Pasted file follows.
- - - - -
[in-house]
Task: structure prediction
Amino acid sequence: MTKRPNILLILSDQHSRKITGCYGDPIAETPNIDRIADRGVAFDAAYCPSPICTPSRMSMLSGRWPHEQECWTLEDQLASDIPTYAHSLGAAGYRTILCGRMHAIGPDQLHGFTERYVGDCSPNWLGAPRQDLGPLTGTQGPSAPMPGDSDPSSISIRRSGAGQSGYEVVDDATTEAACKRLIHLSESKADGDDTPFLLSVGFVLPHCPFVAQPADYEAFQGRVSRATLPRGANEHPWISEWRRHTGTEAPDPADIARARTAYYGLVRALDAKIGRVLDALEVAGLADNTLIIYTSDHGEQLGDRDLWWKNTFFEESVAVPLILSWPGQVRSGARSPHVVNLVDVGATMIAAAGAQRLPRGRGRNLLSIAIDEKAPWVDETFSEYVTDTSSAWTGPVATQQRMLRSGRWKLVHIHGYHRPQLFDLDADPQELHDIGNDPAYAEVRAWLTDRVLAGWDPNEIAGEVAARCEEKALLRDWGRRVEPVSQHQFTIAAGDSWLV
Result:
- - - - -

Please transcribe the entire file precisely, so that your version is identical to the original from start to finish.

[in-house]
Task: structure prediction
Amino acid sequence: MTKRPNILLILSDQHSRKITGCYGDPIAETPNIDRIADRGVAFDAAYCPSPICTPSRMSMLSGRWPHEQECWTLEDQLASDIPTYAHSLGAAGYRTILCGRMHAIGPDQLHGFTERYVGDCSPNWLGAPRQDLGPLTGTQGPSAPMPGDSDPSSISIRRSGAGQSGYEVVDDATTEAACKRLIHLSESKADGDDTPFLLSVGFVLPHCPFVAQPADYEAFQGRVSRATLPRGANEHPWISEWRRHTGTEAPDPADIARARTAYYGLVRALDAKIGRVLDALEVAGLADNTLIIYTSDHGEQLGDRDLWWKNTFFEESVAVPLILSWPGQVRSGARSPHVVNLVDVGATMIAAAGAQRLPRGRGRNLLSIAIDEKAPWVDETFSEYVTDTSSAWTGPVATQQRMLRSGRWKLVHIHGYHRPQLFDLDADPQELHDIGNDPAYAEVRAWLTDRVLAGWDPNEIAGEVAARCEEKALLRDWGRRVEPVSQHQFTIAAGDSWLV
Result: